COLUMBIA — Some came in transition, the result of steals or deflections. Others came at close range, or were wide-open jumpers caused by extra passes.
By TEREZ A. PAYLOR
The Kansas City Star
Regardless, Missouri coach Frank Haith noticed one thing, in particular, about the array of baskets the Tigers scored during a crucial 20-2 second-half run Tuesday in Missouri’s 71-65 win over South Carolina.
“There were no bad shots going in,” Haith said. “I thought we took way better shots during that stretch.”
The kind of shots Haith has been trying to get his team to take more consistently all season.
“Our offensive execution is not where it needs to be,” said Haith, whose Tigers are 14-4 heading into a 4 p.m. Saturday home game against Vanderbilt. “We need longer possessions to start games … so we can get better shots and get paint touches. That’s something we have to attack and get better at.”
At first glimpse, Missouri’s offensive stats look fine. The Tigers rank fourth in the 14-team Southeastern Conference in points per game (75.3) and seventh in field-goal percentage (44.1). But Missouri is also 10th in three-point shooting (32.6 percent) despite attempting the fifth-most in the conference, and has been held to its two worst scoring performances (49 and 52 points) in both its league road games, both losses.
“We’ve been our own worst enemy in that we’ve taken a lot of quick shots and not running good offense,” Haith said. “We’re breaking our offense off and taking contested shots. We’ve got to give our offense more of a chance.”
Meanwhile, the specter of last season’s group — easily one of the nation’s most-efficient offensively — still looms. That team, led by accurate shooters and floor-spacers Kim English and Marcus Denmon and an inside scoring machine in Ricardo Ratliffe, averaged 80.3 points per game and shot 50.4 percent from the field, tied for the second-best in the nation.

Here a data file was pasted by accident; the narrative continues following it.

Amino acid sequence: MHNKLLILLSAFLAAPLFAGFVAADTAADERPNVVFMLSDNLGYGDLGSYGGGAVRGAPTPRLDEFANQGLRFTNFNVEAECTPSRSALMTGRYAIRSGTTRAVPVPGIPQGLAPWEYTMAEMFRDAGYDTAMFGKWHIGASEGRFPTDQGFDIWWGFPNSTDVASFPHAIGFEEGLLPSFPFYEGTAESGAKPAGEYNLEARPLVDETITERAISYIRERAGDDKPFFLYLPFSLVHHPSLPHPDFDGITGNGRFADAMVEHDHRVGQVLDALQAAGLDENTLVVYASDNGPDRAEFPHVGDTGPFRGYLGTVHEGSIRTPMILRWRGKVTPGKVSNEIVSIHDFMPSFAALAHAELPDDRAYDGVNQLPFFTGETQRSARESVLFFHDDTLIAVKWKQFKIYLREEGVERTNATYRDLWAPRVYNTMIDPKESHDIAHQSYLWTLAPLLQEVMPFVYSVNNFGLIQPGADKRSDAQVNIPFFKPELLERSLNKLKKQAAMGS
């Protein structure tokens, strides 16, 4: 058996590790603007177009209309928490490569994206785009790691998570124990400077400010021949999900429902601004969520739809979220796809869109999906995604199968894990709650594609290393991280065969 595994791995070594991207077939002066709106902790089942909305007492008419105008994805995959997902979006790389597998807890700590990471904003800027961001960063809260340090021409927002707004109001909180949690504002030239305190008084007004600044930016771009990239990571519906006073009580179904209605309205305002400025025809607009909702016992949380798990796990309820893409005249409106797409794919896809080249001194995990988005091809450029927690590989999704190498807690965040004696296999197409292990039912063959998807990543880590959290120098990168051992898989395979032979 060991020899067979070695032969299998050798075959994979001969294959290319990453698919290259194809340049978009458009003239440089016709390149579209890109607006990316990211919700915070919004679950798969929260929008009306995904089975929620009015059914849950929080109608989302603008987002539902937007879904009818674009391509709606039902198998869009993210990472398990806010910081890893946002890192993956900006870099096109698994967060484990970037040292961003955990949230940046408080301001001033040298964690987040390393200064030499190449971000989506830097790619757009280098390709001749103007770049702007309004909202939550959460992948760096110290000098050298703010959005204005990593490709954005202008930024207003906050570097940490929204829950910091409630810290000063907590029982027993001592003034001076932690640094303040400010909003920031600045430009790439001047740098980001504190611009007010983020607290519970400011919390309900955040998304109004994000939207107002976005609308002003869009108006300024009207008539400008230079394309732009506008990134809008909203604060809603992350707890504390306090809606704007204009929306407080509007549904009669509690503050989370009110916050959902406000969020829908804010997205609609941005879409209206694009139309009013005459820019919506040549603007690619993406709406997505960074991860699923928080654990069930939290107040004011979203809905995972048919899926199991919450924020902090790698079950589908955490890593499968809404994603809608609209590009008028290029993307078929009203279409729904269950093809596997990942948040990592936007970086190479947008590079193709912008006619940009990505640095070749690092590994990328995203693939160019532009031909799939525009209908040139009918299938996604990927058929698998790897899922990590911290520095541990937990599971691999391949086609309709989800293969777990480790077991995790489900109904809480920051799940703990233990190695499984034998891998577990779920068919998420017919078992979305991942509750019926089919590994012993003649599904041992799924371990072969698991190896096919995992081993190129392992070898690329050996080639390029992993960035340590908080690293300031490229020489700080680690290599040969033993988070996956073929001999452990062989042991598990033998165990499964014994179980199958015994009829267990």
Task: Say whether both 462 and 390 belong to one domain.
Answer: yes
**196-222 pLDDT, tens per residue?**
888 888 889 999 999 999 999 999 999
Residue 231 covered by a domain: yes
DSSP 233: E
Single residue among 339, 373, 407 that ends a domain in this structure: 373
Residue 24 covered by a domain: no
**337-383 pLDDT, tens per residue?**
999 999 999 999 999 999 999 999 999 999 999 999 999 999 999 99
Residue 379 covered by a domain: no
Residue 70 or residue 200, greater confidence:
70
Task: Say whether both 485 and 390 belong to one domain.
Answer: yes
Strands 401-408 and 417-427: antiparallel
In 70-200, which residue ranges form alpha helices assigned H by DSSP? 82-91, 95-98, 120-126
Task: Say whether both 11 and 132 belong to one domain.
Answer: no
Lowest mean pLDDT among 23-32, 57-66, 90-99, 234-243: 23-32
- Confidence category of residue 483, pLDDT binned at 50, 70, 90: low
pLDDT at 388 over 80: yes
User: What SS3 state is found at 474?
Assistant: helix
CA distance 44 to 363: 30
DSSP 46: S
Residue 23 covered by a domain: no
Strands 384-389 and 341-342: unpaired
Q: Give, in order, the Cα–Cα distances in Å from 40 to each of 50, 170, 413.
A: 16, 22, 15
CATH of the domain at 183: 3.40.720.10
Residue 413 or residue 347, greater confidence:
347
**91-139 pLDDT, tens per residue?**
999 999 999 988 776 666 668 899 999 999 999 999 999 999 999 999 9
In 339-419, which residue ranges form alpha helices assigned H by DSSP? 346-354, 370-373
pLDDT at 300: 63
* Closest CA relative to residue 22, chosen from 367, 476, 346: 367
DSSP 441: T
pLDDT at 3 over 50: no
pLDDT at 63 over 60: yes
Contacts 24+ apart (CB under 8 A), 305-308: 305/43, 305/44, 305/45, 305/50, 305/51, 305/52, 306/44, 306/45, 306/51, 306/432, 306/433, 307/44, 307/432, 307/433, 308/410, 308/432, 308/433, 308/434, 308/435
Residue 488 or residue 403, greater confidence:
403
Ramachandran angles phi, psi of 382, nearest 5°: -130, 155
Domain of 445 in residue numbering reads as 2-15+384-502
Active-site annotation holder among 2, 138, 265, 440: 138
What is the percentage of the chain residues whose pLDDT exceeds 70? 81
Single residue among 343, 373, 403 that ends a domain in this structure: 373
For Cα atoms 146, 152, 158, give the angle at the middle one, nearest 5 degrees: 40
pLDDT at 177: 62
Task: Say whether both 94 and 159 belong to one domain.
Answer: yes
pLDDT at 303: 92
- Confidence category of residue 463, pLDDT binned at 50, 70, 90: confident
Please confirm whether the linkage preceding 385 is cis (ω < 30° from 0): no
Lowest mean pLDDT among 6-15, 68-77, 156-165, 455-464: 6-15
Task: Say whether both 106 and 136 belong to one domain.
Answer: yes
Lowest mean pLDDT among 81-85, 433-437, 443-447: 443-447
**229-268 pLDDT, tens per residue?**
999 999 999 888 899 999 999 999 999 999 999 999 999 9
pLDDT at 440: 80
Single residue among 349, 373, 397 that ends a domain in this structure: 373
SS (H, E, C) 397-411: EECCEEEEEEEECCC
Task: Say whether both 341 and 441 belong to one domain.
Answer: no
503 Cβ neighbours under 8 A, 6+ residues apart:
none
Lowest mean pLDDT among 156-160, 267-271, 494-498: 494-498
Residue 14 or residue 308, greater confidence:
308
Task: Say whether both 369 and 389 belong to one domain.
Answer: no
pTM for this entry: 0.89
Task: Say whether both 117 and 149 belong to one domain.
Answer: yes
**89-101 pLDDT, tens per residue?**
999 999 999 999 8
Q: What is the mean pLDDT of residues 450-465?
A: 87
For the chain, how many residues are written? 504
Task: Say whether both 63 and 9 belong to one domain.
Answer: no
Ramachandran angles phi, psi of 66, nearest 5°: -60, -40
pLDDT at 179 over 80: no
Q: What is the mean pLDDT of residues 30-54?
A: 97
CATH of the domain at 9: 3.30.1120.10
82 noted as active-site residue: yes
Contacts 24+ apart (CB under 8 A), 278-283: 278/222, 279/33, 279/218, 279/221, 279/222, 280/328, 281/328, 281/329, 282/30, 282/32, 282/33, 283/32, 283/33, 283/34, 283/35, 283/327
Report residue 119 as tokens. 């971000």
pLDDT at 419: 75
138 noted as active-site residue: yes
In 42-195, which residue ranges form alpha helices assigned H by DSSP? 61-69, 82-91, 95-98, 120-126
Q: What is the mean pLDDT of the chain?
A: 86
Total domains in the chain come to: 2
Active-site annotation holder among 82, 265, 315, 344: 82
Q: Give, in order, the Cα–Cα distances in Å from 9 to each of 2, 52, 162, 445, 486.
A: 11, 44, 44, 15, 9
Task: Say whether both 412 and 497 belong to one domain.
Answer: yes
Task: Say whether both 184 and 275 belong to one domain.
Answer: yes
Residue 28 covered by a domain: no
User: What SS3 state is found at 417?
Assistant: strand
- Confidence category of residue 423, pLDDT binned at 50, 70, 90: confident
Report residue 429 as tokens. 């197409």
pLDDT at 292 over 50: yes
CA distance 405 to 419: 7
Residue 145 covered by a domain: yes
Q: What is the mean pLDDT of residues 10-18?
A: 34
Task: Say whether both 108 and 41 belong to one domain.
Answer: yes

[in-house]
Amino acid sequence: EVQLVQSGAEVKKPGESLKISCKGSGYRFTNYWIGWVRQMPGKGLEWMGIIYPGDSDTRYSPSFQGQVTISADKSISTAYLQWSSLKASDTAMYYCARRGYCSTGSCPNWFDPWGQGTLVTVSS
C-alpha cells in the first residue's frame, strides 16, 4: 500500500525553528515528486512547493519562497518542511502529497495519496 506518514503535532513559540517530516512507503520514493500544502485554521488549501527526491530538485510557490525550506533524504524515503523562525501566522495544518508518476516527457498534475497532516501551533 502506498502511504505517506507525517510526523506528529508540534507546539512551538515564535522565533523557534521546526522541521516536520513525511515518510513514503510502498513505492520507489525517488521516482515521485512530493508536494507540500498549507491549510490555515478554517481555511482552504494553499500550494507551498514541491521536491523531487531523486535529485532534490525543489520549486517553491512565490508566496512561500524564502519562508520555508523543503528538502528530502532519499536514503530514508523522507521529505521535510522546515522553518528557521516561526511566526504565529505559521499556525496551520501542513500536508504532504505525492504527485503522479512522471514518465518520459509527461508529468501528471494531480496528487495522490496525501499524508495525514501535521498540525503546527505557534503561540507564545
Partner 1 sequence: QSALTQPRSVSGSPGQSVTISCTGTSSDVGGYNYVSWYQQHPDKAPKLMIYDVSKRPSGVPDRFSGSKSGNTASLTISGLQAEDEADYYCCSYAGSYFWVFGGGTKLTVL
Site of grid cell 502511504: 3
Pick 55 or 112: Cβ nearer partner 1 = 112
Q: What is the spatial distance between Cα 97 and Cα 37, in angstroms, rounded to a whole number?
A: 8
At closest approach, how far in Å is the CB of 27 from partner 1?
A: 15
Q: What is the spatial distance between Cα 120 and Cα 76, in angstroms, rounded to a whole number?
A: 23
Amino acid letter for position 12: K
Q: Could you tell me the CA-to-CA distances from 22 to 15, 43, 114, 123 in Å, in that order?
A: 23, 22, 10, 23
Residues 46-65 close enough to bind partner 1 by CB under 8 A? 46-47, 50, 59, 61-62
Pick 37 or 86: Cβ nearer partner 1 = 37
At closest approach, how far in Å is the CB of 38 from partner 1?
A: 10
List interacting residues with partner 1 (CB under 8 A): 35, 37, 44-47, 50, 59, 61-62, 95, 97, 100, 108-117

“I think those guys, even though that was their best season, they played together for a couple more years than we have,” said sophomore guard Jabari Brown, who is averaging 14.4 points per game since becoming eligible in December. “I feel like we’ve got a lot of new pieces. We’re still trying to get our chemistry up, and that will come (with time). But that team was very good at passing up a good shot for a great shot.”
Brown was one of several transfers on this season’s team who got a chance to bond on the scout team last season, along with guards Earnest Ross (Auburn) and Keion Bell (Pepperdine).
But Brown was emphatic that it still takes time for guys to mesh offensively and learn where each guy likes the ball, much the way last year’s team did.
“Phil (Pressey) knew that if he drove, Kim was going to be in that corner,” Brown said. “And Kim knew that if the guy came in hard, he’d take that one dribble and Marcus was over there spotting up, too.”
So in the meantime, they work. Haith said he only knows one way to teach a team to recognize a good shot.
“All you’ve got to do is more tape work,” Haith said. “They’ve got to see themselves (on film) and you’ve got to emphasize it, challenge them, put restrictions on them … (like) we need a paint touch before you take a shot (or) we need five passes before we take a shot.”